I find that because of their creativity my children are constantly looking for ways to rework the world into something new.  Our dining/game room has 2 bookshelves in it primarily dedicated to art supplies, our recycle bin is regularly scrounged through for the latest creative endeavor.  In fact, just yesterday my son looked at his old twin mattress we are getting rid of and since it is too worn for use, he asked if he could take two of the springs from it so he could attach them to his shoes.  As you can see I work to keep up with them as they surprise me with questions I am at best half prepared to hear.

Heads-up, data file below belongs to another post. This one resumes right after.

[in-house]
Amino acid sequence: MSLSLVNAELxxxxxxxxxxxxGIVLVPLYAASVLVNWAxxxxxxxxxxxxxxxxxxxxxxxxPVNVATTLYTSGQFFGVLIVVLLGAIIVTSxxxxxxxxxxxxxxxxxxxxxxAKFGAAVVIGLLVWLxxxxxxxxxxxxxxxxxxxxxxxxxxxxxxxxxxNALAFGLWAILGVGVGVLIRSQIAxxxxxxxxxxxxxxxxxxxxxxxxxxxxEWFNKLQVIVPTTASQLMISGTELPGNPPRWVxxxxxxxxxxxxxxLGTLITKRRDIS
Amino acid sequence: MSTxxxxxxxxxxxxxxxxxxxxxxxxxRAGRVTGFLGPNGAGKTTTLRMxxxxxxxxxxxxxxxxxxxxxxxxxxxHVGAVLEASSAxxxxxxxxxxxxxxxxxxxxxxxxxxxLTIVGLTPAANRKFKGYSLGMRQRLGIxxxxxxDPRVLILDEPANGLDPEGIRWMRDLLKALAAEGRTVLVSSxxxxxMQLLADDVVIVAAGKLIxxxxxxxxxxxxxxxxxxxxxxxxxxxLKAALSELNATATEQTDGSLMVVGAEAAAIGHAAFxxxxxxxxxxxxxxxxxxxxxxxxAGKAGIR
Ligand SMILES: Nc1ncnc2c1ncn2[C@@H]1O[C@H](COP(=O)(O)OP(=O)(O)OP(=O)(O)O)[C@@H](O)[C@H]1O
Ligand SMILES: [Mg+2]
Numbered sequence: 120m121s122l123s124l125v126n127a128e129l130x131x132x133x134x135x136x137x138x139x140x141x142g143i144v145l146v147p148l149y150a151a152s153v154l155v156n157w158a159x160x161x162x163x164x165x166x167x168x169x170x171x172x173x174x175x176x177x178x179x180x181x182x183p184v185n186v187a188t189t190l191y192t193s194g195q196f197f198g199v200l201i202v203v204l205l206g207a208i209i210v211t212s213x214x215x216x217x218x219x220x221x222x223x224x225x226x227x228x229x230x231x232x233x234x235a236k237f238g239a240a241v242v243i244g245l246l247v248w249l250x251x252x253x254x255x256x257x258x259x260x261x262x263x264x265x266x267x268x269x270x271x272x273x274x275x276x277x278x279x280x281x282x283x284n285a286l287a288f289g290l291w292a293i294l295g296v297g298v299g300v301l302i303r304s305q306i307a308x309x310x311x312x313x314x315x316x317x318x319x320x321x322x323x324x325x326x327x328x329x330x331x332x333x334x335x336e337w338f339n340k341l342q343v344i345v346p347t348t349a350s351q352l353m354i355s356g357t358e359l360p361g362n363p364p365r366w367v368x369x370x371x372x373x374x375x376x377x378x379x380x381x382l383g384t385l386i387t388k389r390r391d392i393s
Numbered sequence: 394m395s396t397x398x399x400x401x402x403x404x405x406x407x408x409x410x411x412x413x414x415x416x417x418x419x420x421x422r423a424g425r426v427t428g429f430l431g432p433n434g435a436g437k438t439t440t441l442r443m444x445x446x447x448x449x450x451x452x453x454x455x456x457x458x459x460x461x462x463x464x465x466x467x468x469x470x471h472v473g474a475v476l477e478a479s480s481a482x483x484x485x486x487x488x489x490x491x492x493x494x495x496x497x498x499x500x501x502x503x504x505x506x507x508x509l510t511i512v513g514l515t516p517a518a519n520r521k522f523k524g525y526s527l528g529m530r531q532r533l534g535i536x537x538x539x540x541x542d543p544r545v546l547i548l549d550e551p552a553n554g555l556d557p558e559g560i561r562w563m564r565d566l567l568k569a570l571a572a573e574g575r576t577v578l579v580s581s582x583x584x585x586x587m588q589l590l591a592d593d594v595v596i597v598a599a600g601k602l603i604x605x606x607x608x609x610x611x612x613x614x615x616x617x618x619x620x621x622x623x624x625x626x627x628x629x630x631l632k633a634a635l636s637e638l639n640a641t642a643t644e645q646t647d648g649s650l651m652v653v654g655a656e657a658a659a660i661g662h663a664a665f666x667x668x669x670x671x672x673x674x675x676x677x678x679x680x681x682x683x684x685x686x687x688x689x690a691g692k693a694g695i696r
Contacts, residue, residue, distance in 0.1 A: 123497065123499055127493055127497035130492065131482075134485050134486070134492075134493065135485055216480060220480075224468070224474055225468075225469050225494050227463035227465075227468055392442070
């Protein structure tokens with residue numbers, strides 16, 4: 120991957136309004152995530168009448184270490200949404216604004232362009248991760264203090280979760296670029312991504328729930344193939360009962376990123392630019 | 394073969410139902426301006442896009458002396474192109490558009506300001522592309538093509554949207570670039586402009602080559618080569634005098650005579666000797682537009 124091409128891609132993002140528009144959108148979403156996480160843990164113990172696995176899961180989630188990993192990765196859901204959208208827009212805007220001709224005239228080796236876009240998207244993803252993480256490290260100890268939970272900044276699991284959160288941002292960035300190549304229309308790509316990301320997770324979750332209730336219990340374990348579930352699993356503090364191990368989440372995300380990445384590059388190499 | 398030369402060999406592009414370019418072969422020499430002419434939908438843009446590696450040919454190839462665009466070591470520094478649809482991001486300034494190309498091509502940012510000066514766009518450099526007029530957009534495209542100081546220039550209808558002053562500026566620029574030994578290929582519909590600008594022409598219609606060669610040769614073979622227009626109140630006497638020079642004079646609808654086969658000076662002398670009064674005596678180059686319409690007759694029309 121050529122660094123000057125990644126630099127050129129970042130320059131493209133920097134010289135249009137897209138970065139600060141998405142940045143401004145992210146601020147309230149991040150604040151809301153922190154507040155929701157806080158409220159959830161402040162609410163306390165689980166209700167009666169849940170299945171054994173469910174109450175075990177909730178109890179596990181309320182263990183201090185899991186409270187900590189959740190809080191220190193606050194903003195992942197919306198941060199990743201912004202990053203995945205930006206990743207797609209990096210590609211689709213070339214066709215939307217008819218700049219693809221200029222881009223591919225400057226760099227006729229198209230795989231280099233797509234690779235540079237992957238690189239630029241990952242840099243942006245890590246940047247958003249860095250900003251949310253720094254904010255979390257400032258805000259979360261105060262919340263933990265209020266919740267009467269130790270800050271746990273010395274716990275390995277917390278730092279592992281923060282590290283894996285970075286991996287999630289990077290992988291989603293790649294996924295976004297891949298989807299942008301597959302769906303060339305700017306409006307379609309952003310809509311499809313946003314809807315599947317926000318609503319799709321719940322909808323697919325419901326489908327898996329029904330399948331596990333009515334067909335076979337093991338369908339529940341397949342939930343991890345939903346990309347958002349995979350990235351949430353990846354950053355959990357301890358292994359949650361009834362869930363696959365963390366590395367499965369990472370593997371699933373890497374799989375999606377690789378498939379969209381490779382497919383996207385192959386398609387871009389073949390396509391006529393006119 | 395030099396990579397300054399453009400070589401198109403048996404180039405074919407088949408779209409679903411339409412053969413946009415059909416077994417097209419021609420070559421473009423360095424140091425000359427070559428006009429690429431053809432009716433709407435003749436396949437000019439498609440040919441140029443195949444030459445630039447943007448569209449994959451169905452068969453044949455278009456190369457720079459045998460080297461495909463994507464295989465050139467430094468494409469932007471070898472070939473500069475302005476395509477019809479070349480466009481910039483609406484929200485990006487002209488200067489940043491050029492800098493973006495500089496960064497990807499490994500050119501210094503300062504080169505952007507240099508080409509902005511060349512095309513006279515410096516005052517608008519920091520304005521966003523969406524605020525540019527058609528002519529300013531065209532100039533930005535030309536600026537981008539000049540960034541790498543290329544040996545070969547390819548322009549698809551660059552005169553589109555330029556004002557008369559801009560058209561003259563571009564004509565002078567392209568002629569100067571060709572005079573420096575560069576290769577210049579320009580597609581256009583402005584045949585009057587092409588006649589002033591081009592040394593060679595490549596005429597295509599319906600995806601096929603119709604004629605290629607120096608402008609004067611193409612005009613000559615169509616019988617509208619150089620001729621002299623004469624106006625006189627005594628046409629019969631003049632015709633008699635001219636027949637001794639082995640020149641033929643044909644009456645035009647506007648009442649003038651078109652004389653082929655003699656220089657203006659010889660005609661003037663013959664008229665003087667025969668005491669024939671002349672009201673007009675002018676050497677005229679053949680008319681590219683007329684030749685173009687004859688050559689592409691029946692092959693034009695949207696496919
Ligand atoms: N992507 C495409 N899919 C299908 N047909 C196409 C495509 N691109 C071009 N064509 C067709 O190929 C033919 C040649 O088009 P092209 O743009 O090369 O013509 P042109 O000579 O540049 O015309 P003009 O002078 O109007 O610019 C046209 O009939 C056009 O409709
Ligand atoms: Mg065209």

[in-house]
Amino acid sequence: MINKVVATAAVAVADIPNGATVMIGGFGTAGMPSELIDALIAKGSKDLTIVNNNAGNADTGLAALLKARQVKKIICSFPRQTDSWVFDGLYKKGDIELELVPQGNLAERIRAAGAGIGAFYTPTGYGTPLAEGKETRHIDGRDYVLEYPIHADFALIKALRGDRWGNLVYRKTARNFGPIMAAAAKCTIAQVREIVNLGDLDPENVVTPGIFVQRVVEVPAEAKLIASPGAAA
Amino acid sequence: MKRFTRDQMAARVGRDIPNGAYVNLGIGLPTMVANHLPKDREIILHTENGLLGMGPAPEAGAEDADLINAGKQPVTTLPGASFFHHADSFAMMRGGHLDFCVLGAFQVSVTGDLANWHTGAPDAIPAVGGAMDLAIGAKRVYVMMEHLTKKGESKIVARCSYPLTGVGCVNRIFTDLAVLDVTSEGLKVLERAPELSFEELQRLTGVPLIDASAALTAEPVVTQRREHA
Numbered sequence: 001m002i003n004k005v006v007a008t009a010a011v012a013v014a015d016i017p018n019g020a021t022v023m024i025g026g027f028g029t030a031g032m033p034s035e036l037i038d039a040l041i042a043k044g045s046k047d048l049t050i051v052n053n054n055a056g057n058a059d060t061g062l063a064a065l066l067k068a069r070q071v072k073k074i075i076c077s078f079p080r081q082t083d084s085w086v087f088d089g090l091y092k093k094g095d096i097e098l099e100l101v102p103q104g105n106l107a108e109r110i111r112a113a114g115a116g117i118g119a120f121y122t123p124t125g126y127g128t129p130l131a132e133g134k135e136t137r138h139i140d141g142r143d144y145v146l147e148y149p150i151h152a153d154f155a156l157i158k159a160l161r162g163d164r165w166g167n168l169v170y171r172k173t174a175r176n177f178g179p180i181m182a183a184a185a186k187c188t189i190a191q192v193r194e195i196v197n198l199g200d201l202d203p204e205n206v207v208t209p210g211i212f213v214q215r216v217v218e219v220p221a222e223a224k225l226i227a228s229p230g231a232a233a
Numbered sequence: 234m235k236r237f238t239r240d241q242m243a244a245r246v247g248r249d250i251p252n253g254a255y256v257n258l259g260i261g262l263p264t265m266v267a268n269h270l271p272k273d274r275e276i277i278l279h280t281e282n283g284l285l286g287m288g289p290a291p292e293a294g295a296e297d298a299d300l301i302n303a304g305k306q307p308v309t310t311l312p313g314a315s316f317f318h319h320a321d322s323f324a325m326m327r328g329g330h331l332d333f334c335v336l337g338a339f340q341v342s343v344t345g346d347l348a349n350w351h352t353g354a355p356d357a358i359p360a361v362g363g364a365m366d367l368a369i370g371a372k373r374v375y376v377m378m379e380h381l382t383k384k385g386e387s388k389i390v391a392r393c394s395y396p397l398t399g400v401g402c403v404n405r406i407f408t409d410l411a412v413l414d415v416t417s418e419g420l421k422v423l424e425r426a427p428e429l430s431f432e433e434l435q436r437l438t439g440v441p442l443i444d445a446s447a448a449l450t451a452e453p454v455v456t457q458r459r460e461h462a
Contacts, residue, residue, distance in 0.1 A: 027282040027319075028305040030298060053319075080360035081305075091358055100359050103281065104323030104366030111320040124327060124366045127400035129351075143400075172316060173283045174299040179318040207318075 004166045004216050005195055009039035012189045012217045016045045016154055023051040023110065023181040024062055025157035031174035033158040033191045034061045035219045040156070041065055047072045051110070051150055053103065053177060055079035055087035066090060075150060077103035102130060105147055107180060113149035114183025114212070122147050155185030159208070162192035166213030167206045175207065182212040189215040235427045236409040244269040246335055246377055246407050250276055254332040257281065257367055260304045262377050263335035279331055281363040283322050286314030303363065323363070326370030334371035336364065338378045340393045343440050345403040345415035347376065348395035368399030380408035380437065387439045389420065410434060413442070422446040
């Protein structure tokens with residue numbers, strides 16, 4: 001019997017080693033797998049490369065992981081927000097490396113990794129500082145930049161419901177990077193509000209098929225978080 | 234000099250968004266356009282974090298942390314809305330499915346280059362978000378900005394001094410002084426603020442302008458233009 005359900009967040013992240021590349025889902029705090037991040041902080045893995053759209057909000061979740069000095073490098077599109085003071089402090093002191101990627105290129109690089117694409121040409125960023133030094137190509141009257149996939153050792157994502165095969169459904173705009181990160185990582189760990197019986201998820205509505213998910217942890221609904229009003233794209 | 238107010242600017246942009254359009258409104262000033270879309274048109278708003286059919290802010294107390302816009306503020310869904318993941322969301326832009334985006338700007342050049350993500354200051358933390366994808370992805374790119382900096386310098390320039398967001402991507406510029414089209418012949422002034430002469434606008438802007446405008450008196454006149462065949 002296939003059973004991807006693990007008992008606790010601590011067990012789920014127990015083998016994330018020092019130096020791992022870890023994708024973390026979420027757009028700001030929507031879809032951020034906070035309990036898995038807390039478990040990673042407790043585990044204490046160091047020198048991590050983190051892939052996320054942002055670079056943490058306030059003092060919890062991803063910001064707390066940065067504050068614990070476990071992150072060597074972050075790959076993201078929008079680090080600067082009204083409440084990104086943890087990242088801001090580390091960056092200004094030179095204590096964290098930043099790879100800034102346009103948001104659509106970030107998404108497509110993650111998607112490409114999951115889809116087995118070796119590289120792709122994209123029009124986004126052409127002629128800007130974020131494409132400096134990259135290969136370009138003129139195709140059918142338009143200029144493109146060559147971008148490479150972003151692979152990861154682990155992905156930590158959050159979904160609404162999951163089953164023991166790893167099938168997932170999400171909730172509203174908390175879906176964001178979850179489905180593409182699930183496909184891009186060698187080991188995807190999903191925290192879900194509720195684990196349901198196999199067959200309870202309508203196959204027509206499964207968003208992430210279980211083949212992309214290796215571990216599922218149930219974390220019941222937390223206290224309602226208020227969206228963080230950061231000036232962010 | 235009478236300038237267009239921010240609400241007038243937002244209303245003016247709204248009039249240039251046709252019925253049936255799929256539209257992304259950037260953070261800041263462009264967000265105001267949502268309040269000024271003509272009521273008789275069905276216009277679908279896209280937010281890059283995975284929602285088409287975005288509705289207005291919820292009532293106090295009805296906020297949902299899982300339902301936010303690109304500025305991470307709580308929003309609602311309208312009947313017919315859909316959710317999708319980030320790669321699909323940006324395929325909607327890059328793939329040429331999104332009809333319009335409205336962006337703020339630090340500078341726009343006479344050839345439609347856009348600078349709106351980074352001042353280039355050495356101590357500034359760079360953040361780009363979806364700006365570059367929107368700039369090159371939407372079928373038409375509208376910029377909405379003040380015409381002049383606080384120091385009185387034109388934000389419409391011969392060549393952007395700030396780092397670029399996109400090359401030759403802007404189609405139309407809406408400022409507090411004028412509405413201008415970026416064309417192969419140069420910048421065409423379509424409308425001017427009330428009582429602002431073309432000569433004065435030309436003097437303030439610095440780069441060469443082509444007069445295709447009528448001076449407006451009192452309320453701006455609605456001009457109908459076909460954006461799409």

Lego creation by my son

So what do you do with this?

Start asking your kid questions about “what if” with no wrong answer.  Buy them blocks and Lego sets and let any style of car or rocket ship they build be awesome, and join them at it even if you aren’t very good in your eyes – they will think you make cool things.  Watch clouds go by and decide what they look like, cats or elephants or flying monkeys.  If they create a new creature and draw you a picture, provide approval and reinforcement by asking them what its favorite food is.  Anything you do that allows them to make new things adds to their creative pool, giving them the means to move past how it has always been to how it could be.  That is, after all, how we turn our wishes into reality.  And while you are helping your child be creative, help yourself to be creative as well.

Train your evil geekling

Welcome to another addition of Wacky Wednesday where I bring you one crazy item or article I have read online.